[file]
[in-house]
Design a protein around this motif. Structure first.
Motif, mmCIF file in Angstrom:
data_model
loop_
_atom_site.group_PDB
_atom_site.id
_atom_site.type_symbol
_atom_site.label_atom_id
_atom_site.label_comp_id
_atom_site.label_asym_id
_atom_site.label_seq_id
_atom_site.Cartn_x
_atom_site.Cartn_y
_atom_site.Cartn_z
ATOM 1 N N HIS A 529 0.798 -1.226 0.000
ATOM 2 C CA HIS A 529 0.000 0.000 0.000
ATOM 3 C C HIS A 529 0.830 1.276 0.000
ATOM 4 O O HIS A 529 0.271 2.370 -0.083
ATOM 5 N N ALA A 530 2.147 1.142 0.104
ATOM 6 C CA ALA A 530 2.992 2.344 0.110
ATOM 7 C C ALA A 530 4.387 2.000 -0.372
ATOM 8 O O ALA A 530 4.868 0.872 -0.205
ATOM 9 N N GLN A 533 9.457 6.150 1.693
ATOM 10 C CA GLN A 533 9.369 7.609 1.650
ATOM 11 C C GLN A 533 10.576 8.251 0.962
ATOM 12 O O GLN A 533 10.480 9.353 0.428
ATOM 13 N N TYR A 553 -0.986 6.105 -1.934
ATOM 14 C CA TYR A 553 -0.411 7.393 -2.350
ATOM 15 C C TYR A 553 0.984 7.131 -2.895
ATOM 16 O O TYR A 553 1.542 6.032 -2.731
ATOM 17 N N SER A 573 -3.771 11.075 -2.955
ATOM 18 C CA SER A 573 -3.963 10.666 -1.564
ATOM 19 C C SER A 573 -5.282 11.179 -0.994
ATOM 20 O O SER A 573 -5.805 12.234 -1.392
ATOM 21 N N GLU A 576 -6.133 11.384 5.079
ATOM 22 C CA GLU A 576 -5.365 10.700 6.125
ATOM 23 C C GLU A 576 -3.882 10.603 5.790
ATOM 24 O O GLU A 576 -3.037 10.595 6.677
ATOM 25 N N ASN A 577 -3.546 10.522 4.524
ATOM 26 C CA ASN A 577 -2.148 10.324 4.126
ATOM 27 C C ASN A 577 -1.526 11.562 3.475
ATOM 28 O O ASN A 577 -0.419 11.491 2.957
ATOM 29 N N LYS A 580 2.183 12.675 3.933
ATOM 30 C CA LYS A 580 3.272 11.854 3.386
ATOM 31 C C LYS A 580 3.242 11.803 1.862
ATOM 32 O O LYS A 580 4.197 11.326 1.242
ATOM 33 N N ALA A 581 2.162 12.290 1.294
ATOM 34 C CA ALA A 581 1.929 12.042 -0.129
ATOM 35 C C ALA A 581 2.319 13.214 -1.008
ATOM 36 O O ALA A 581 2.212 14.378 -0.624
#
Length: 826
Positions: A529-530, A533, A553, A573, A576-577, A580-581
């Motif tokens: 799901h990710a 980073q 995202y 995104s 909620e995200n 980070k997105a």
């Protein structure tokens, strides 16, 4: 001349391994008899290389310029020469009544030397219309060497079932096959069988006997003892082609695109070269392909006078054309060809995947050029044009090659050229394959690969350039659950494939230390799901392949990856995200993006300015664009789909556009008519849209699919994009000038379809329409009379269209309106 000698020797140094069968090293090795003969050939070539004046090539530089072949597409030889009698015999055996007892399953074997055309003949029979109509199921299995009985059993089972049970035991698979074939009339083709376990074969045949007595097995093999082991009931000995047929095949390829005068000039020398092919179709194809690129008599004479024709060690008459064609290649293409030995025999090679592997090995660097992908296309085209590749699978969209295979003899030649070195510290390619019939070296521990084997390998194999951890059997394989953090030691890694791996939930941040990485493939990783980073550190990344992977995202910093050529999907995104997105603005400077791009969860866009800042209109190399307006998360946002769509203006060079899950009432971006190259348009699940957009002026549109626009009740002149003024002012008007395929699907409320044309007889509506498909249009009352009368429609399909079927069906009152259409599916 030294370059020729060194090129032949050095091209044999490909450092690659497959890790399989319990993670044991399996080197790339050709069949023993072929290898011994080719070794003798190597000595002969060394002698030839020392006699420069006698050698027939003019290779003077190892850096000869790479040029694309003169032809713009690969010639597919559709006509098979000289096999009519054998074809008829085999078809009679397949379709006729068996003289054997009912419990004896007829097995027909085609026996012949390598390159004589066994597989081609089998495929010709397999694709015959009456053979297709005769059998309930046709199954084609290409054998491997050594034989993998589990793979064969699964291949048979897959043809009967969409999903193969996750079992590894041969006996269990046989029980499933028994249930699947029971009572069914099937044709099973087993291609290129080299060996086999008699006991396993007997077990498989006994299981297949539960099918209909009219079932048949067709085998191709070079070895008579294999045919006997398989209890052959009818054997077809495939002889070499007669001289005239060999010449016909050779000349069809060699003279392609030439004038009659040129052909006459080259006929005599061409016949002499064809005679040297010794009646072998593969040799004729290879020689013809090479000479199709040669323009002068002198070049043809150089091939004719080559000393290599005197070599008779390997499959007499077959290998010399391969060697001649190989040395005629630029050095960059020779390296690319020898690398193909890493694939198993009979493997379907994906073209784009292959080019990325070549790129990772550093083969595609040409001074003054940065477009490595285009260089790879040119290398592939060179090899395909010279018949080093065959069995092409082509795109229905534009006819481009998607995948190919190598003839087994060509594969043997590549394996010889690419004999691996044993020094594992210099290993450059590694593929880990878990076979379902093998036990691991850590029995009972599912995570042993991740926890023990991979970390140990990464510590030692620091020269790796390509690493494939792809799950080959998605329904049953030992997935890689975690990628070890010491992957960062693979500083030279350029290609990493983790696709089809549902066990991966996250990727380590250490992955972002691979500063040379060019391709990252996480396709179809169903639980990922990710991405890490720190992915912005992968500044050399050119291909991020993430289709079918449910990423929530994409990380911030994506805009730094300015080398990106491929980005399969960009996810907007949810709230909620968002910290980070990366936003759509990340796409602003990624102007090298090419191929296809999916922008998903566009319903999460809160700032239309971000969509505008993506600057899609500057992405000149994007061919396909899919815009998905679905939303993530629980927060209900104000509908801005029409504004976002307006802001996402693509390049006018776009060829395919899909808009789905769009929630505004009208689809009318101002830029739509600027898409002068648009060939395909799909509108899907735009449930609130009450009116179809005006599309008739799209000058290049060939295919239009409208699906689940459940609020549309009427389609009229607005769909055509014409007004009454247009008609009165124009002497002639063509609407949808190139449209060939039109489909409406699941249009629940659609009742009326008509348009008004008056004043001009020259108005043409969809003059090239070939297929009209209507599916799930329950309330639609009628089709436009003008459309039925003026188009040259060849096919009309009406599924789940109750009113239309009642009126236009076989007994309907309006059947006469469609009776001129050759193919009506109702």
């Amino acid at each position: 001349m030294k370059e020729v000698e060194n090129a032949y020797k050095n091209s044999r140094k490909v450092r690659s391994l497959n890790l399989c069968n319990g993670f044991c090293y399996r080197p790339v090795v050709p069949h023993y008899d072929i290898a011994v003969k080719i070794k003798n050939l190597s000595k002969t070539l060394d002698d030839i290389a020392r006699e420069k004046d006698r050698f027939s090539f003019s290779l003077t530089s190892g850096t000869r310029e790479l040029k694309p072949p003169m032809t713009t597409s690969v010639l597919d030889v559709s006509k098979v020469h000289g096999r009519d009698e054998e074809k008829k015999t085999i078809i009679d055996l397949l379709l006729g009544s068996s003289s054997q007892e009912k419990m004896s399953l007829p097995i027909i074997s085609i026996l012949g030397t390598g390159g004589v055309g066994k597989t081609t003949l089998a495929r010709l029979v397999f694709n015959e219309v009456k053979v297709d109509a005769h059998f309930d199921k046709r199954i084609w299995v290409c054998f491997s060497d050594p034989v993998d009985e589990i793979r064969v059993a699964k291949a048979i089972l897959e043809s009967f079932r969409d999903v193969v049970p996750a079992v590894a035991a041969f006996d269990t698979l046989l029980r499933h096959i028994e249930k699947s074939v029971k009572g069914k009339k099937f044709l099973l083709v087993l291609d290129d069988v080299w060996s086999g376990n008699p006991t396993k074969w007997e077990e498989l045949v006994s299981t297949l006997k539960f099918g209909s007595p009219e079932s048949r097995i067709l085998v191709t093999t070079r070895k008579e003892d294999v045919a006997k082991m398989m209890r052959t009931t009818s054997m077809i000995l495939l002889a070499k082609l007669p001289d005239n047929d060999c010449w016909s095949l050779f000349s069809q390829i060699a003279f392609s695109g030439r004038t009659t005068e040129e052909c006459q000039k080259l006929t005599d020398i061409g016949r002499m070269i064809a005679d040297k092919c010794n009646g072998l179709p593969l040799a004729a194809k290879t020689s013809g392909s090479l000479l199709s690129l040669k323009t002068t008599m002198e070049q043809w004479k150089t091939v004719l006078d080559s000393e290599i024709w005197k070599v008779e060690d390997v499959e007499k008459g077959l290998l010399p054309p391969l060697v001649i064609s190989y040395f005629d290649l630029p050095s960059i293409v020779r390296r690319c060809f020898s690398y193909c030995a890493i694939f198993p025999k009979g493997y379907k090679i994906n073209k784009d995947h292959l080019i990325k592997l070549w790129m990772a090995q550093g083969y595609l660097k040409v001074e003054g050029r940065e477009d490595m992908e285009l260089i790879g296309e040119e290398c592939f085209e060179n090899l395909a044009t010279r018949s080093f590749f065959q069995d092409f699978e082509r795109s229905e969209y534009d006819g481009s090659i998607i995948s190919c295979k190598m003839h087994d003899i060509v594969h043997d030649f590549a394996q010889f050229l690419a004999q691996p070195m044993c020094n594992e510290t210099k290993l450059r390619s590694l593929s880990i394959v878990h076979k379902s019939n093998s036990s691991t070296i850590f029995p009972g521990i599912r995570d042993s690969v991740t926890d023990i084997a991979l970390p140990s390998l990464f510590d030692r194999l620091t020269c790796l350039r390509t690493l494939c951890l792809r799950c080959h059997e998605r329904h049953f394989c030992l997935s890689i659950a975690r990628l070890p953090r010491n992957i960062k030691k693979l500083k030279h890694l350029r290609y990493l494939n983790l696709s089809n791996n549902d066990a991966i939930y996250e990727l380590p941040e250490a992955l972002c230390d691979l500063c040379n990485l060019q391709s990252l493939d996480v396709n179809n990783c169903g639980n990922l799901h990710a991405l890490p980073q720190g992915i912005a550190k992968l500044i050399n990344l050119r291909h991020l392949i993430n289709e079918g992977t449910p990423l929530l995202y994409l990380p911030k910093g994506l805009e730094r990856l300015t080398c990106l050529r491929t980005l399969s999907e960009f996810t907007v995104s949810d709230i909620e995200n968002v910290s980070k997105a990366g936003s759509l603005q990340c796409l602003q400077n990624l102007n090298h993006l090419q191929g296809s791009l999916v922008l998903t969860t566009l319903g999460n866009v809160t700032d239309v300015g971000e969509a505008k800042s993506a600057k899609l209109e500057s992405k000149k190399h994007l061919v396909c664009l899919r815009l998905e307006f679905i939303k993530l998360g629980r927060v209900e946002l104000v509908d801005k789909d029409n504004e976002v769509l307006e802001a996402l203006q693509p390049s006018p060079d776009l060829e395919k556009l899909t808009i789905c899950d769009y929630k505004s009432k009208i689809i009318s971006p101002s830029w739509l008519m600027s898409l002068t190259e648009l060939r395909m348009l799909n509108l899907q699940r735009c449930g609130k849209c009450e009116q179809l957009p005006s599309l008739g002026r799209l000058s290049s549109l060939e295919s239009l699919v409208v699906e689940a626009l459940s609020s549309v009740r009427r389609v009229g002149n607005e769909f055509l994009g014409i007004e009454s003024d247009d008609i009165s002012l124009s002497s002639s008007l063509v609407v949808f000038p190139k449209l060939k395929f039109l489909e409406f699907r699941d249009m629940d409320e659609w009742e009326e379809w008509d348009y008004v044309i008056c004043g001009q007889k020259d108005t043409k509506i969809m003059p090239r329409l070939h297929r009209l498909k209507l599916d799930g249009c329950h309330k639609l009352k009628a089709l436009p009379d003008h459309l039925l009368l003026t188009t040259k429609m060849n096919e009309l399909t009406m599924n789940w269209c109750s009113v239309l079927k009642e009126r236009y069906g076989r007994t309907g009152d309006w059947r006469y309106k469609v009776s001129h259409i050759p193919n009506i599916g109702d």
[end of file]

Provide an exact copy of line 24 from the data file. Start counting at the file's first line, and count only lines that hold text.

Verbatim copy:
ATOM 9 N N GLN A 533 9.457 6.150 1.693